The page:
Measuring, “Denying” & “Trivializing” Deaths in the Case of Rwanda

Reading “The Reign of ‘Terror” by Tomis Kapitan in the New York Times on October 19th, I was struck by the following passage: …the rhetoric of “terror” has had these effects: It erases any incentive the public might have to understand the nature and origins of their grievances so that the possible legitimacy of their… Read more »

Rwanda, Remembrance and Research: Or, How Rwandan Violence Taught Me to Embrace Subnational/Disaggregated Conflict Studies and Integral Conflict Research

Fourteen years ago I began a journey to understand the political violence that took place in Rwanda during the year of 1994. Toward this end, I brought with me the skills that I had at that time: 1) an interest in media as well as government-generated data and content analysis, 2) an approach that was… Read more »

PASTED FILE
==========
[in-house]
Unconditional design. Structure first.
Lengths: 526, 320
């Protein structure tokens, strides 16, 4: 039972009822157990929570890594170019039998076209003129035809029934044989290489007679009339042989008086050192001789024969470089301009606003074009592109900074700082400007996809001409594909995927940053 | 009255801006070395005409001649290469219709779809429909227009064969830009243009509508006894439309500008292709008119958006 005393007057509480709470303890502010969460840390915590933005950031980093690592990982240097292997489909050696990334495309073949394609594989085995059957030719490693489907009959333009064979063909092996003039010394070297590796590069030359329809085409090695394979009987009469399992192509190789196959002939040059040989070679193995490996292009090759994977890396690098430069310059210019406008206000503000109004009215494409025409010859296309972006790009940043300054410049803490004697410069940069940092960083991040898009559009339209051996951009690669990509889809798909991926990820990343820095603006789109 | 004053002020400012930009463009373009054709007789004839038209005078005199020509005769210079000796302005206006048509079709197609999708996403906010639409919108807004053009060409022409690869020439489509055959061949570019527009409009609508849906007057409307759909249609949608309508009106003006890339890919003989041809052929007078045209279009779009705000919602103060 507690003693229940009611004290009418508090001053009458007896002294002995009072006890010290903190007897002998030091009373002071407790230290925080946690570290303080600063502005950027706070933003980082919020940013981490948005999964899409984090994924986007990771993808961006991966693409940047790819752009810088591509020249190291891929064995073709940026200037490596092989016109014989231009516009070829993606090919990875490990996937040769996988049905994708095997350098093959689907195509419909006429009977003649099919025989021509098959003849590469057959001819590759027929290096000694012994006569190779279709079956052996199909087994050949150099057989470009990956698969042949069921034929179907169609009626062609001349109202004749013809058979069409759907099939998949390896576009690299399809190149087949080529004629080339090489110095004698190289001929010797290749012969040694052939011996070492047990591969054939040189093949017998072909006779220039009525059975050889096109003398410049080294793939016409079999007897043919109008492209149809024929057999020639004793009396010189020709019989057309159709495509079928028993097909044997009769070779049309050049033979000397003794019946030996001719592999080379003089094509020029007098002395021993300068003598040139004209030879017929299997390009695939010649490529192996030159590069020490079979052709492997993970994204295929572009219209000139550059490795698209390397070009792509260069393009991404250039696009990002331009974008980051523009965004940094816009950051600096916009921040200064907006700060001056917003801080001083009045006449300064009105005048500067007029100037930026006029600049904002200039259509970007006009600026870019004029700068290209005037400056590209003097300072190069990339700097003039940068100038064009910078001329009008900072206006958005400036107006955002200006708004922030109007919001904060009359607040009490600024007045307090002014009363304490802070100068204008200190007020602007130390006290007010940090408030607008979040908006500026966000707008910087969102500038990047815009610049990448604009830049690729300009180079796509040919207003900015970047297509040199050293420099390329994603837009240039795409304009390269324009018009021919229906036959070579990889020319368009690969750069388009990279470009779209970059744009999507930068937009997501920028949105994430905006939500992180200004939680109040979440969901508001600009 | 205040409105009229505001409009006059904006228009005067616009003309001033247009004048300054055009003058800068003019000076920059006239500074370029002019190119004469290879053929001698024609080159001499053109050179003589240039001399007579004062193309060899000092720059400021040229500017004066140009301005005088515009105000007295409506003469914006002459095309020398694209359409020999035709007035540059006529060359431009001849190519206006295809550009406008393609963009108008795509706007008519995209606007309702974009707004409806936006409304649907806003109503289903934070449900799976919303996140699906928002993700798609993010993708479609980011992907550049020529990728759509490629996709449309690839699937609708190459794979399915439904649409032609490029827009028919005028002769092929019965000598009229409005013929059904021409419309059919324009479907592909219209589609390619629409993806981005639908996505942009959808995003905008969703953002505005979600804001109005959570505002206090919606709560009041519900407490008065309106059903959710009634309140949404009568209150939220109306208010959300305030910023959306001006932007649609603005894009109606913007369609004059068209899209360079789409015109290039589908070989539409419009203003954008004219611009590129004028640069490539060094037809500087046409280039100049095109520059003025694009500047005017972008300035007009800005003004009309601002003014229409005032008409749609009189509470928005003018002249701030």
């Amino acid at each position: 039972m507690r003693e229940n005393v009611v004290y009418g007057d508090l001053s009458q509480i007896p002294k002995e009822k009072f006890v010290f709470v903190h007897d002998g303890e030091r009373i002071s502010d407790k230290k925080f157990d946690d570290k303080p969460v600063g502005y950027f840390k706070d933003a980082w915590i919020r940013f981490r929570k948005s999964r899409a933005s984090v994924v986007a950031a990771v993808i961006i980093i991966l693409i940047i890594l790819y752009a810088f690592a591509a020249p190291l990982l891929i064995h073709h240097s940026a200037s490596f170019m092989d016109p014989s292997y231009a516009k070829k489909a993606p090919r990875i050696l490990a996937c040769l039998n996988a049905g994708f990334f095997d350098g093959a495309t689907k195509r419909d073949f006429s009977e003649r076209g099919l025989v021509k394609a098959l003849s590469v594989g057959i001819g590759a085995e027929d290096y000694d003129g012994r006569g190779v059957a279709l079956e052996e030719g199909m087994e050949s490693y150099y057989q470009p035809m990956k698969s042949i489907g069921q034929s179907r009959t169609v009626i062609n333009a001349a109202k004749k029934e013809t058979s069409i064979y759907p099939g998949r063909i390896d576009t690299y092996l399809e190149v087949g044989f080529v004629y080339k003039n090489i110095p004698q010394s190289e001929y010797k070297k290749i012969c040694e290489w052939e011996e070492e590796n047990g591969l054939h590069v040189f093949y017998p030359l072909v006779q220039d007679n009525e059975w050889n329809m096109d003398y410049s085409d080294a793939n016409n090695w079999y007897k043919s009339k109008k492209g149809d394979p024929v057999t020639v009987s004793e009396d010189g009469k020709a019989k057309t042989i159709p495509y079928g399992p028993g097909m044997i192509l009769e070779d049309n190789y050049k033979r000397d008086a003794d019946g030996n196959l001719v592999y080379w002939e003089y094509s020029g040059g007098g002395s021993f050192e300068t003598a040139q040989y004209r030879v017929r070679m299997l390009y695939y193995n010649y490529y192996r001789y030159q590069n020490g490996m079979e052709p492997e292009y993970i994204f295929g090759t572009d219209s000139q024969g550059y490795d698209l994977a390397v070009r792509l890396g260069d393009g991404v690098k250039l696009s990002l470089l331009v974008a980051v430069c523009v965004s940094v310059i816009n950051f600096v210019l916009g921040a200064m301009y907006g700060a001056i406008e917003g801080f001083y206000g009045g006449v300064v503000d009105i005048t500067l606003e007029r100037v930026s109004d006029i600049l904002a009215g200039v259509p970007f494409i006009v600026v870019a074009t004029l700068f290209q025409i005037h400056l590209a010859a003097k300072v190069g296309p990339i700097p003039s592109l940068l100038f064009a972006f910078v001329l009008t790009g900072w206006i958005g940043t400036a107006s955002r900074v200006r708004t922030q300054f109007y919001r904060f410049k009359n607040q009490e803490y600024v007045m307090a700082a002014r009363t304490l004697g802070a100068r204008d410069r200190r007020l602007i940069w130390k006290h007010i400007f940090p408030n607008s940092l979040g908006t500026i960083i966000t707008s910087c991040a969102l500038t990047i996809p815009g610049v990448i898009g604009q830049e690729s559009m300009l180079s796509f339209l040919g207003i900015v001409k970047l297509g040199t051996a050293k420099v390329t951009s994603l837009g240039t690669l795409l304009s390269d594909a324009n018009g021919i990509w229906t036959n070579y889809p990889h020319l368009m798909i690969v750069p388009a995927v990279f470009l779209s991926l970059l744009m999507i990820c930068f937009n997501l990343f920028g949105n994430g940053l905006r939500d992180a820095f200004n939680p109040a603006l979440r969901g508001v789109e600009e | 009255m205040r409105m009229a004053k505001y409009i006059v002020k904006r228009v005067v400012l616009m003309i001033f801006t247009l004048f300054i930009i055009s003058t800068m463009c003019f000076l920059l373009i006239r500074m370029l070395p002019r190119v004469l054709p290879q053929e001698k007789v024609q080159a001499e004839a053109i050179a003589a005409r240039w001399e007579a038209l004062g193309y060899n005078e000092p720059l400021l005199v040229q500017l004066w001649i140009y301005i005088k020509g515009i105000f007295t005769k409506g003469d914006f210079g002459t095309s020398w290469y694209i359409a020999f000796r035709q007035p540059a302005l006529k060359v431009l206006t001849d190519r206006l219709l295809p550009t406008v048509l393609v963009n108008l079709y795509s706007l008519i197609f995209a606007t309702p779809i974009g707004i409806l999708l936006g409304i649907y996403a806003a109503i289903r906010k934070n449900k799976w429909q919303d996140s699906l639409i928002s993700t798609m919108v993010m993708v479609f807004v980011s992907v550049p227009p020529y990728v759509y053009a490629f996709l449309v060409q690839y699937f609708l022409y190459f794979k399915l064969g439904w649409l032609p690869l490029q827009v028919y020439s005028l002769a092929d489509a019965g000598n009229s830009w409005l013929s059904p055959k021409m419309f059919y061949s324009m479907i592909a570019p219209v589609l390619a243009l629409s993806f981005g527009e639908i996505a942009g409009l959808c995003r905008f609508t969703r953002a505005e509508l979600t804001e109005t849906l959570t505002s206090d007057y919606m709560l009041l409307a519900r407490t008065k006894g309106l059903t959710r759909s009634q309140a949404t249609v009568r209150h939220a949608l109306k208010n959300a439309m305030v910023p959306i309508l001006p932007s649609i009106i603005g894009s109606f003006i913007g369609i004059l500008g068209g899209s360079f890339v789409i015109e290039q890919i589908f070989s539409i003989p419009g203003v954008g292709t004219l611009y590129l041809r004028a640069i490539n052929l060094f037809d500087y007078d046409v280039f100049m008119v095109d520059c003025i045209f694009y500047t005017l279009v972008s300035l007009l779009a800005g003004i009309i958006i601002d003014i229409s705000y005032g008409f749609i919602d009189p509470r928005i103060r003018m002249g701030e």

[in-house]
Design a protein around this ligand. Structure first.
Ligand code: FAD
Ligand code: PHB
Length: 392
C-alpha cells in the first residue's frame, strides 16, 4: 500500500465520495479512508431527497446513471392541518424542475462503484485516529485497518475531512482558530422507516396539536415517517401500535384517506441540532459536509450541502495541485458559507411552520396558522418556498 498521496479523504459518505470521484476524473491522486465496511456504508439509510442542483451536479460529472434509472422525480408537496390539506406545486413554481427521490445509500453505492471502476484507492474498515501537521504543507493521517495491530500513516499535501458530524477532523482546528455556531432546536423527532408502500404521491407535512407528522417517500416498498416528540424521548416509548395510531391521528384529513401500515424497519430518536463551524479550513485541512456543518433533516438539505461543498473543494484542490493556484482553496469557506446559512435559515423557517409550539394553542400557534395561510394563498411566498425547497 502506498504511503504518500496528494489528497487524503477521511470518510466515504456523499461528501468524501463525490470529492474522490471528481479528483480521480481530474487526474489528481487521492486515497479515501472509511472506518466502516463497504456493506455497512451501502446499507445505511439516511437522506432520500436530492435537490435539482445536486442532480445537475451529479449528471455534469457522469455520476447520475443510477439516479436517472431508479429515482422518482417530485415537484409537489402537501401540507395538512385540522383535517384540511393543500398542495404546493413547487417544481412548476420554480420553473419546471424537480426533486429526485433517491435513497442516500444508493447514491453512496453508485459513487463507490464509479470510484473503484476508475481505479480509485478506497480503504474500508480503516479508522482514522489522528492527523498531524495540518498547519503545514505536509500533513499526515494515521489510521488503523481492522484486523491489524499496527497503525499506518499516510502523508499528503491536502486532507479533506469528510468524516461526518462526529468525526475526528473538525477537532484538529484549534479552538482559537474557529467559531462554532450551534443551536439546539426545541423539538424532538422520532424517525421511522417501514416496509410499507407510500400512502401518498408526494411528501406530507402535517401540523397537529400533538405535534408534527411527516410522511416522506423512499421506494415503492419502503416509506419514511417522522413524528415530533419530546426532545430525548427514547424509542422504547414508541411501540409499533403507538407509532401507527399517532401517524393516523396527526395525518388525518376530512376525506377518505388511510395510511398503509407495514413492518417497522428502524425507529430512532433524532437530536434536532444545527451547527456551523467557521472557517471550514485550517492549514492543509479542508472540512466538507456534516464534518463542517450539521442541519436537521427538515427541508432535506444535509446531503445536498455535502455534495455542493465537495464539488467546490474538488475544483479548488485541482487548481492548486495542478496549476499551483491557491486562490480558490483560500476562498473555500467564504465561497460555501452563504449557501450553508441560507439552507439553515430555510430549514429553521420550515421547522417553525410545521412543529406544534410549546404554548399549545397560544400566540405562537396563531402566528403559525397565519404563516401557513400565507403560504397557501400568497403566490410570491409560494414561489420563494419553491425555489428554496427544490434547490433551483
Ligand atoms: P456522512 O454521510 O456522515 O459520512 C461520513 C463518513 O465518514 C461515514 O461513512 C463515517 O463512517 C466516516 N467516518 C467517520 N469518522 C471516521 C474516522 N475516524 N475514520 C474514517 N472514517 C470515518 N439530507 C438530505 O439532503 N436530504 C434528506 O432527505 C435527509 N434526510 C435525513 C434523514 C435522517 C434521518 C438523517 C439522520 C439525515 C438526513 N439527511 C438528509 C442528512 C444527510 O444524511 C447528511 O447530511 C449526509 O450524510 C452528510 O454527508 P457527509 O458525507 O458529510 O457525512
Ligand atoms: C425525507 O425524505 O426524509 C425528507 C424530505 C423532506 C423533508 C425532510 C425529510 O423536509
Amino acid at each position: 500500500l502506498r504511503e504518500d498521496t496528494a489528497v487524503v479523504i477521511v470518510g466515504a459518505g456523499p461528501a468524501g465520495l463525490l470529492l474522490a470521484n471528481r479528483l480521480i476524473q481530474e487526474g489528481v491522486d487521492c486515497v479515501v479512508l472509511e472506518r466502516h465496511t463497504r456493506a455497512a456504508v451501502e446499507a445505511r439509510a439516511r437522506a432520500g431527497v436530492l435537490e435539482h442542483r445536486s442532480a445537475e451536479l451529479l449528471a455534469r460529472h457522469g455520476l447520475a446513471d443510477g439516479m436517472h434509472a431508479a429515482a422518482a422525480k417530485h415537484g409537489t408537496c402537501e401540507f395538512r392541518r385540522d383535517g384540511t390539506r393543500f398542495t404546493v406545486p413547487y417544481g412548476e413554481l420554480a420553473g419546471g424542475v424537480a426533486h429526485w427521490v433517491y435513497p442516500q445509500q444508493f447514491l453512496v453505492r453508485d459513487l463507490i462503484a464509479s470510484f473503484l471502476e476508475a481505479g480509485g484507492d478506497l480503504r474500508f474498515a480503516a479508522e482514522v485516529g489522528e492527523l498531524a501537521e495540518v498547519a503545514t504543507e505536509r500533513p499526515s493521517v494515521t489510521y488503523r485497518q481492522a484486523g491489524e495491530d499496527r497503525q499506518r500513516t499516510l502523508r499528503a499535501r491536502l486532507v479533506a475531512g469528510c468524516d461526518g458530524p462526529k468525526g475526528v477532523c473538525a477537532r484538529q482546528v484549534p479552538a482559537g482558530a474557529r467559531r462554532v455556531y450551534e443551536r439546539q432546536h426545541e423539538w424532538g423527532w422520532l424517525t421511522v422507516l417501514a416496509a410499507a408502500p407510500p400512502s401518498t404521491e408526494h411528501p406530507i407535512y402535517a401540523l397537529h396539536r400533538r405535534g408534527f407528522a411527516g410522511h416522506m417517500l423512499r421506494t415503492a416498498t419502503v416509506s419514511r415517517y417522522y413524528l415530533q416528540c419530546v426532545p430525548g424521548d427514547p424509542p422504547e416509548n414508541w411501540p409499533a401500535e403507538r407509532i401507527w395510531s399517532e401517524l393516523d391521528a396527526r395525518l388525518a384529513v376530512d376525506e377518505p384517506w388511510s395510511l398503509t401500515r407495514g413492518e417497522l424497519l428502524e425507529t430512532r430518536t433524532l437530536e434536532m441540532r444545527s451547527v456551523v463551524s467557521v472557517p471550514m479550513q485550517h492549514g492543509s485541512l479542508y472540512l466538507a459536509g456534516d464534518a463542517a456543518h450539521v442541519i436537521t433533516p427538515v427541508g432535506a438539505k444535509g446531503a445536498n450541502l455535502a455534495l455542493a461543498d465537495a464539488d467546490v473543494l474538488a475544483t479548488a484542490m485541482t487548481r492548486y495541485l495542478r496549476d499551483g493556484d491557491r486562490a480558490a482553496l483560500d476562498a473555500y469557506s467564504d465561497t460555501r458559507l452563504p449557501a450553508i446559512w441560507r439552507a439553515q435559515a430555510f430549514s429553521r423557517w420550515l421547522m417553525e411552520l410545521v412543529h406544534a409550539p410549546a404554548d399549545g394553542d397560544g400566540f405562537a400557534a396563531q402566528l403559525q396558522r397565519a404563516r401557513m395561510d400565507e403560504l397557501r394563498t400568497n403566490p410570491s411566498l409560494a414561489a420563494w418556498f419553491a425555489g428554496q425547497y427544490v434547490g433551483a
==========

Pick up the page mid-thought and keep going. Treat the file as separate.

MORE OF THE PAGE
Rwanda, Research and the Wisdom of (Non)Responsiveness (or, Email is a Gift Not a Responsibility)

As I prepare for the 20th anniversary of the Rwandan political violence of 1994 (i.e., the genocide, the interstate war, the civil war and the other forms of activity that are not easily named), I am reminded of earlier correspondence and how the modern period conceives of communication as well as what researchers must/need not… Read more »